Diet and fitness books appear at a dizzying rate – and with a wealth of dubious claims – in a culture facing increasing health problems based on a sedentary lifestyle. Ori Hofmekler’s Maximum Muscle, Minimum Fat pulls out of the pack by focusing on the biological principles that dictate muscle gain and fat loss. Written for the widest readership–competitive athletes, bodybuilders, trainers, martial artists, sports nutritionists and coaches, dieters, and anyone concerned about their health–the book builds on the concepts popularized in The Warrior Diet. Author Hofmekler describes in simple, lay terms how under-eating and fasting can trigger an anabolic switch that stimulates growth and rejuvenation; how to reengineer the body at the cellular level to burn fat and build muscles; and how to naturally manipulate the body’s hormones for rapid muscle fusion and faster fat breakdown. Maximum Muscle, Minimum Fat offers smart strategies for taking advantage of hunger to stimulate growth, burn fat, and boost brain power; techniques for turning insulin into a muscle builder instead of a fat gainer; and methods for shattering training and diet plateaus–in the process enhancing metabolic function, improving performance, and increasing the capacity to gain, and sustain, prime health.
From the Introduction: A Revolutionary Way of Looking at Maximum Muscle and Minimum Fat
The Renaissance culture that flourished in fifteenth- and sixteenth century Italy idealized the classic muscular body, promoted in part by Michelangelo and Leonardo da Vinci. These two great artists attempted to define the ideal human body proportions through drawing and sculpture. The last sixty years, however, have brought dramatic changes in the way men and women treat their bodies. We are now living in a seemingly new renaissance of “body adoration,” and more people than ever are dieting and exercising, striving to build bodies that are hard and lean.The goal of achieving a lean and muscular body began long before the time of da Vinci and Michelangelo. The admiration of muscularity and physical power was depicted in ancient Assyrian, Philistine, Minoic, Greek, and Roman art. Physical power was perceived as a primal male virtue required for protecting one’s family and defeating or dominating other males.According to anthropologist Desmond Morris, women are attracted to hard and muscular men with the potential to become strong mates and protectors of their children. But nowadays, women’s desire to look hard and lean is almost as great as men’s. Without delving more deeply into the anthropological definition of “lean ’n’ mean,” the question is: Why do you want to build muscle and lose fat? The most obvious answers are that a hard and lean body:• Is attractive• Is healthy• Earns admirationMany people, and perhaps most, want to gain muscle and lose fat primarily because they believe that a muscular and lean body looks great. Although that is certainly true, there is a great deal of confusion as to how muscular and lean the body should be. For many men and women, looks come first, whereas health and performance come second. Nothing is wrong with a passionate desire to look big and lean. But big muscles do not guarantee maximum power, and a lean look isn’t always a sign of health, especially in women. In spite of dieting and exercising more than ever, people today are getting fatter and sicker than ever. The vast majority of modern fitness enthusiasts are failing to improve their conditioning in spite of following steady exercise routines.The purpose of this book is to cut through the confusion of claims, speculations, and pseudo-science often associated with modern diets and fitness programs, and to present the hard-core truths about muscle gain and fat loss. Based on science and epidemiological evidence, the book offers a revolutionary way of improving human conditioning and performance. Science is about predictions based on predictable fact. Life is about surprises based on the unpredictable reality. This book is about both.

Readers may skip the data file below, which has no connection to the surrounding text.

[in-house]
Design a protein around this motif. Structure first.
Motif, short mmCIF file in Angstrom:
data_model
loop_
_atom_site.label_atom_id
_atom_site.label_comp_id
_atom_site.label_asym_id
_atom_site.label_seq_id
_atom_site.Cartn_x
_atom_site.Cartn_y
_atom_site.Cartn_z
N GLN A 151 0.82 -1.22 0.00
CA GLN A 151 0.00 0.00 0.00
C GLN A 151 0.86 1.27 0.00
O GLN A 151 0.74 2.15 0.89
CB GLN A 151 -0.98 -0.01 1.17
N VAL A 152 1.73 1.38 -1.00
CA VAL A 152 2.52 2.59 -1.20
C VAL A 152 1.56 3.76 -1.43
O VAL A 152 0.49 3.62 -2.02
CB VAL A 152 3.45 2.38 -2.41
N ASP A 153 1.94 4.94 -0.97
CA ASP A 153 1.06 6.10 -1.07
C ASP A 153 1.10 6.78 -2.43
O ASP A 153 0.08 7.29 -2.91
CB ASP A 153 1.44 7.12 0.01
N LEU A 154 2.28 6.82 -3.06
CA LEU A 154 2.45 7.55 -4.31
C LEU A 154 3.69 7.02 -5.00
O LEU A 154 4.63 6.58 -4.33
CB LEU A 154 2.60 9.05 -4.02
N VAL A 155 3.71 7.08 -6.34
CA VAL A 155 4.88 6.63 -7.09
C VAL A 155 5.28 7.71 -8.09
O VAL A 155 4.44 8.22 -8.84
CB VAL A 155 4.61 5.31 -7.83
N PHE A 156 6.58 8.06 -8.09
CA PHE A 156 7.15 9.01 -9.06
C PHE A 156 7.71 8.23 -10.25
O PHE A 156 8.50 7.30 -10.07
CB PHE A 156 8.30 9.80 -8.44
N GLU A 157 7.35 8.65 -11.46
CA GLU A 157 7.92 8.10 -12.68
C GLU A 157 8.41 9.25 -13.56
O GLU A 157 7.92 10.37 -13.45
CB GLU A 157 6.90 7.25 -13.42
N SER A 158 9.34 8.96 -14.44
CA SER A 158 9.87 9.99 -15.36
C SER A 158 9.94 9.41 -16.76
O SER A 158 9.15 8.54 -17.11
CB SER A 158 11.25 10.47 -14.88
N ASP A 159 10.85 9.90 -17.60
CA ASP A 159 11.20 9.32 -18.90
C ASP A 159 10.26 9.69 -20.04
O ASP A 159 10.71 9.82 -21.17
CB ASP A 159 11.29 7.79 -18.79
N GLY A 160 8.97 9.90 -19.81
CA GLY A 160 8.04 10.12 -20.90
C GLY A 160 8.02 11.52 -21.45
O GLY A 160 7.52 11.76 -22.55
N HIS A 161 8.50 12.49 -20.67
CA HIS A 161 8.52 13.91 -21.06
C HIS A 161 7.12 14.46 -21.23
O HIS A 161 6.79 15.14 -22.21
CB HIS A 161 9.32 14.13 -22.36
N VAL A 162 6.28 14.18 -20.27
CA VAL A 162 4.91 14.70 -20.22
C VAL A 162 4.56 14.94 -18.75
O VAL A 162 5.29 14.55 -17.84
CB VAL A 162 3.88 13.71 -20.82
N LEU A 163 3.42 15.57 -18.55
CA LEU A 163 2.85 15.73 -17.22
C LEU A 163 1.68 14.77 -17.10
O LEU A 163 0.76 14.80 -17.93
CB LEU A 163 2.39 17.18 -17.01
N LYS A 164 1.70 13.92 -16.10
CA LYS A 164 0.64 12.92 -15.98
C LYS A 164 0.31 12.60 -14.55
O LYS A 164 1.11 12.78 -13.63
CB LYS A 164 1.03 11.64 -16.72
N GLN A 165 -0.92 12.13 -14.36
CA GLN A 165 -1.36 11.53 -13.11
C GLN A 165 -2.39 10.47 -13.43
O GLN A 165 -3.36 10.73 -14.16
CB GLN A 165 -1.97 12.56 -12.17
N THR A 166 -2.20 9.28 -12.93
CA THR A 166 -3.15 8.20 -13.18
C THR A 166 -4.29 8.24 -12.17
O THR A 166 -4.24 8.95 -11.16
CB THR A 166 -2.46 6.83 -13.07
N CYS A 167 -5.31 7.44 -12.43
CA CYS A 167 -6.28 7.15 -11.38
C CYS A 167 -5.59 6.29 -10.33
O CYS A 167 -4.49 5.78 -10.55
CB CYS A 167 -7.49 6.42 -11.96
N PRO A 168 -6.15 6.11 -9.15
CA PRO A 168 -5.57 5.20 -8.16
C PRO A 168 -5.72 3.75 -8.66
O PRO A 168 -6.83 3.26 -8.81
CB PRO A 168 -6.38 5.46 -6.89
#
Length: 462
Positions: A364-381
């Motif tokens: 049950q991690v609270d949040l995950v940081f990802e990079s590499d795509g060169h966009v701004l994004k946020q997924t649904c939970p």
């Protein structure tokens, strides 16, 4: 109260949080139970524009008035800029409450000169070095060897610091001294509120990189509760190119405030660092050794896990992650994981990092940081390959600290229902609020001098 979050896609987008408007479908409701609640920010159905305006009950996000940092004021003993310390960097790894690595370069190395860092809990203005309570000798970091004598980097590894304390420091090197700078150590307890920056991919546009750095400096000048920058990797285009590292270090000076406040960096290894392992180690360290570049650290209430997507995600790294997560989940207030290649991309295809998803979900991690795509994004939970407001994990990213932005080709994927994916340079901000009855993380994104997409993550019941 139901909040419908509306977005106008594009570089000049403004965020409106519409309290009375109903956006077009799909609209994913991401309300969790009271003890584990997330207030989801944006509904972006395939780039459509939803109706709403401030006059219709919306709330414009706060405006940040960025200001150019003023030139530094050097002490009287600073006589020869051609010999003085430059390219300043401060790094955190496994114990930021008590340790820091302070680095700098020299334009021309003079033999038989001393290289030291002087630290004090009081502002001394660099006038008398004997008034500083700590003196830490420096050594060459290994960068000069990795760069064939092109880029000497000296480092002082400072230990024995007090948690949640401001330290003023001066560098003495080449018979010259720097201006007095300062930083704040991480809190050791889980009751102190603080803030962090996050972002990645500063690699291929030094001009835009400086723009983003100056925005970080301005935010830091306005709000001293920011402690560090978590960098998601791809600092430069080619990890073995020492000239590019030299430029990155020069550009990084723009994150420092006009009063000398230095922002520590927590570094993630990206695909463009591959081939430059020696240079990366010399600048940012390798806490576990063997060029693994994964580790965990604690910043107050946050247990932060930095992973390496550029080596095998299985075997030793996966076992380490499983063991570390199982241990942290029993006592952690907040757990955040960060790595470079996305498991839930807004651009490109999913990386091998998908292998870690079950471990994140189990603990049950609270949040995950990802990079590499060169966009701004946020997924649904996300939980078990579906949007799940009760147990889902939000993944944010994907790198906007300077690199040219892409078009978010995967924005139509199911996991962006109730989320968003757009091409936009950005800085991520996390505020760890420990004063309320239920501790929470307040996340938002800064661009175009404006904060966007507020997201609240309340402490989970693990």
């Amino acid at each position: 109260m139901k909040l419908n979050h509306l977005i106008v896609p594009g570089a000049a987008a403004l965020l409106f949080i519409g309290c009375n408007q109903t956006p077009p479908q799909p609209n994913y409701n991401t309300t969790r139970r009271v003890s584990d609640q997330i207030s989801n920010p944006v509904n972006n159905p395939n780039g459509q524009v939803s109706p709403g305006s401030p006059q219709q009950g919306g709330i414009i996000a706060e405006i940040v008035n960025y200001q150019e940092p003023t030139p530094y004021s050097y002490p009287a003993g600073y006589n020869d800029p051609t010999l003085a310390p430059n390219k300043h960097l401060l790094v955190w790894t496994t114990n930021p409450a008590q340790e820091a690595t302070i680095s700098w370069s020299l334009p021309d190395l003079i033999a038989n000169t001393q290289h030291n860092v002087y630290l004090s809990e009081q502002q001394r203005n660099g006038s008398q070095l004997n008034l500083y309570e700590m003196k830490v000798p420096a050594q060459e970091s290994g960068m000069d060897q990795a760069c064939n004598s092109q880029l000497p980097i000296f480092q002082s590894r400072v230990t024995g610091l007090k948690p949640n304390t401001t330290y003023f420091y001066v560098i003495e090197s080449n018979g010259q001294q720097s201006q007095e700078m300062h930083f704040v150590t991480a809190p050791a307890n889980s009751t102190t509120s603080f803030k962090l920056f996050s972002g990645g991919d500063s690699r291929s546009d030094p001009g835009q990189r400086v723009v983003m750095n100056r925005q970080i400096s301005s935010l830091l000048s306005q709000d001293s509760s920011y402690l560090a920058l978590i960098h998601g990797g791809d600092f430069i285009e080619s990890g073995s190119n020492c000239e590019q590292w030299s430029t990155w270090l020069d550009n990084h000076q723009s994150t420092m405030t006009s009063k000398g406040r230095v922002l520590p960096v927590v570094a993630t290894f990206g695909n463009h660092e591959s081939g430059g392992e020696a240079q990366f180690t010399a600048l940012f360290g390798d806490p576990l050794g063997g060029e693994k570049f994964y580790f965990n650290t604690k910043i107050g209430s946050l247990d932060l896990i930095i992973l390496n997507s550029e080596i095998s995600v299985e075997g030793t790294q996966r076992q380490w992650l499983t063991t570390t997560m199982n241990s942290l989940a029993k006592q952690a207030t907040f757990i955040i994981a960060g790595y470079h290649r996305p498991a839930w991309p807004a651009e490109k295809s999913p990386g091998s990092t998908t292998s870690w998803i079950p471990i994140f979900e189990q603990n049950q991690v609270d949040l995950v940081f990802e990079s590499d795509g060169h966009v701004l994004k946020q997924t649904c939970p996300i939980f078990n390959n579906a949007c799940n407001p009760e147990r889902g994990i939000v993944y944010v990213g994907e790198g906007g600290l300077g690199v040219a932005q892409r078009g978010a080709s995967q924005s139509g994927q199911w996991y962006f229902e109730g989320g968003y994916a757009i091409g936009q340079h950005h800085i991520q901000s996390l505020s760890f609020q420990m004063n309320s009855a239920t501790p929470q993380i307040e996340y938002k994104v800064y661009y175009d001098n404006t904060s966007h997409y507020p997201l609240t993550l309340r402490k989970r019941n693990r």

Excerpted from Maximum Muscle, Minimum Fat by Ori Hofmekler. Copyright © 2008 by Ori Hofmekler. Excerpted by permission of North Atlantic Books, a division of Random House LLC. All rights reserved. No part of this excerpt may be reproduced or reprinted without permission in writing from the publisher.